By Nick Eustis
Pittsburgh Current Contributing Writer
At the beginning of 2020, poet and visual artist Jasmine Green came upon an event that she wasn’t expecting. It was hosted by the Women in the Arts network, a group specifically for female-identifying and gender non-conforming artists, hosted by the Greater Pittsburgh Arts Council.
Going in, Green was unsure of what to expect, but coming out, she knew she had to be a part of it.
“I went to my first event, it was a meetup with different women in Pittsburgh’s local art scene,” said Green. “After that, I was like, ‘I have to know everybody in this group.’”
Pre-pandemic, the Women in the Arts network would meet quarterly to encourage collaboration and networking between artists and organizers. With COVID-19 in the mix, the network, like many other arts organizations, is shifting to the digital sphere.
As part of this shift, Green is curating her first public art exhibition in partnership with the Women in the Arts network, a Zoom webinar titled “Flowers While We’re Still Living.” The two-hour event will feature the work of Green, singer Jacquea Mae, and singer-songwriter Naomi Allen, blending spoken word, song, and visual art. The title is drawn from Green’s own poetry, questioning why society only pays attention to Black people after tragedy strikes.
“The main question we’re asking is, ‘Why do we only talk about Black lives once they’re lost?’” said Green. “We don’t only exist as people to remember, as hashtags, as people lost. We also live, and have both struggles while we’re living, but also things to celebrate.”
The performance will be one hour long, followed by a Q&A session with the artists. Jacquea Mae will be delivering a singing performance, and Naomi Allen is going to combine song and spoken word.
For her part. Green will deliver a spoken word performance, which she will overlay with a video of her painting a work called “Safe and Sound.” The painting honors Breonna Taylor and Aiyana Stanley-Jones, who both lost their lives to police violence.
“It’s going to tie in the themes of ‘Safe and Sound,’ which is both in honor of Breonna Taylor and Aiyana Stanley-Jones, but also the idea that Black women and Black people deserve rest and healing,” said Green.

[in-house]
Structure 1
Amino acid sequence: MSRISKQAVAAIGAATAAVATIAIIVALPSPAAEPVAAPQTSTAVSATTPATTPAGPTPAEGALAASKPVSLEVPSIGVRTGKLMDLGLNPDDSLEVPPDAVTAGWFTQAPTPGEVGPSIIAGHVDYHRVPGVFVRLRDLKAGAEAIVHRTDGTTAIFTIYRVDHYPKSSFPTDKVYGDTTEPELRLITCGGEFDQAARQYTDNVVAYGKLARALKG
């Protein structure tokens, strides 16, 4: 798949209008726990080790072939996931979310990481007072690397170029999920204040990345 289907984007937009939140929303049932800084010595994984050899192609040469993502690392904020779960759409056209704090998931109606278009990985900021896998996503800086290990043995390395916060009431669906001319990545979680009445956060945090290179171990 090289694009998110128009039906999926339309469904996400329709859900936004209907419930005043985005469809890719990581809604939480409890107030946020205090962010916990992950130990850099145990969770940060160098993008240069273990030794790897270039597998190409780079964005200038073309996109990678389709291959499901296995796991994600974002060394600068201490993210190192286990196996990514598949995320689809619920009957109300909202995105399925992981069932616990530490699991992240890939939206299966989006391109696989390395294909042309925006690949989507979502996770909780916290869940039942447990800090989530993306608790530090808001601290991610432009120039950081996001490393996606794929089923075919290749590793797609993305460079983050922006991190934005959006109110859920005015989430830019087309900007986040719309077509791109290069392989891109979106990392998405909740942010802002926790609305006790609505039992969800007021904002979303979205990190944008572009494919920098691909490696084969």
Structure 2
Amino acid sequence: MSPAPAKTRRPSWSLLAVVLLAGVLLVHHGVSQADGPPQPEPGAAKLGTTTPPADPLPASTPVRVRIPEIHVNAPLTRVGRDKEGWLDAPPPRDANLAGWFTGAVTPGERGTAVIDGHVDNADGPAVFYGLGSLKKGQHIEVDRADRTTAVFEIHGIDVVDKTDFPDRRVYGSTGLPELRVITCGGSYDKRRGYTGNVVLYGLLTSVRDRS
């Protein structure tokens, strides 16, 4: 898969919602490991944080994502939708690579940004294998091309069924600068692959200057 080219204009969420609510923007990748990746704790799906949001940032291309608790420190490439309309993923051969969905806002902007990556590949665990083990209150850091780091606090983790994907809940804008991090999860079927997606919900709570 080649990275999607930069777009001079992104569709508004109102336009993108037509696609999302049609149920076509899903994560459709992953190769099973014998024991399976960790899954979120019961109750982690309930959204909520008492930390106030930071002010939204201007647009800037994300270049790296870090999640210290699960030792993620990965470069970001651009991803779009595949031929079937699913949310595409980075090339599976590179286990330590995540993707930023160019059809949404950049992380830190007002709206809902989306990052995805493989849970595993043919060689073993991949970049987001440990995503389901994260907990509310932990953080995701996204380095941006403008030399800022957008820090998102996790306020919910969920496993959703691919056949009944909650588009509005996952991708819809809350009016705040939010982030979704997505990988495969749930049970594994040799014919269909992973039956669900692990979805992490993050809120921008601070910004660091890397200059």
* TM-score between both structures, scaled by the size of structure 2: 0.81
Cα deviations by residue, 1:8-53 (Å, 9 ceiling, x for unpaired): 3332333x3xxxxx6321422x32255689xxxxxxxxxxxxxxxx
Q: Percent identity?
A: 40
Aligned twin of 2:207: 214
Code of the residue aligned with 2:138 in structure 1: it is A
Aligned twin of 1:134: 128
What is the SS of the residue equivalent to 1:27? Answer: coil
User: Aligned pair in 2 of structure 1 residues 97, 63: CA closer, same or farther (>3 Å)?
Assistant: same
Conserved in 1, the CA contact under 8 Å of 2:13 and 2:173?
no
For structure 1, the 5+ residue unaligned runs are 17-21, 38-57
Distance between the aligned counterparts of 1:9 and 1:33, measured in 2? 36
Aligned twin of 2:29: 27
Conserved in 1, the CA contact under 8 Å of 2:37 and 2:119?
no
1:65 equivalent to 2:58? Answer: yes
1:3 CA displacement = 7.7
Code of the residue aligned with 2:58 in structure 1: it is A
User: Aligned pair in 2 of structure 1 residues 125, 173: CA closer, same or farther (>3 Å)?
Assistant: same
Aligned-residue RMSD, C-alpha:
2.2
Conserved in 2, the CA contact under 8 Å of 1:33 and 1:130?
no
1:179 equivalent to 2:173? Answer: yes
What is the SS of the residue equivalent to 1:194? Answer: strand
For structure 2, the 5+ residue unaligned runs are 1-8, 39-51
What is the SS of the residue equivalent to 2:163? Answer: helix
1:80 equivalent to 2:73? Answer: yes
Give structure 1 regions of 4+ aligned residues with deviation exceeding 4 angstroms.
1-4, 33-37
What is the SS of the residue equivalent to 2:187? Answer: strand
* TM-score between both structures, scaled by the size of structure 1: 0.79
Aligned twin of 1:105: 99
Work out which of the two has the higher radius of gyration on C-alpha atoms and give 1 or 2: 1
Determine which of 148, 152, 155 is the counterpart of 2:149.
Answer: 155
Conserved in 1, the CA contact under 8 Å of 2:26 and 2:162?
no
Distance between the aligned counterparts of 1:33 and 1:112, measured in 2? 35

Part of Green’s motivation to curate this event stems from the lack of representation of Black women in media, particularly locally in Pittsburgh. Having grown up in the city, it’s a trend Green has been aware of for some time.
“It was something that I always felt since graduating high school, that there wasn’t a lot of positive images, beliefs, overall support for Black women,” said Green. “I had this need of figuring out how I could contribute something that counteracts that,” said Green.
This need drove Green into the visual art world, and she began formally studying painting and other visual art techniques. She found herself driven to participate even further after a 2019 study by the city of Pittsburgh’s Gender Equity Commission showing that black women have worse outcomes on average in several metrics of livability.
“I’ve spent the last nine or ten years that I’ve been drawing and painting…learning how to paint things that both bring awareness to things that aren’t bearable, but also to celebrate, and not focus purely on the negatives of the Black Woman experience,” said Green.
With the help of the Women in the Arts network, Green has been able to take the active role she was looking to, leading the conversation on the issues that impact her community. It’s work she’s enjoyed putting together, and something she hopes she can do again very soon.
“One topic that I would love to focus on in the future is black mental health,” said Green. “I’d like to see if we could take it through the lens of art and activism.”
“Flowers While We’re Still Living” will take place on Zoom August 19 at 6 p.m. Registration for audience members costs $10. More information can be found at pittsburghartscouncil.org.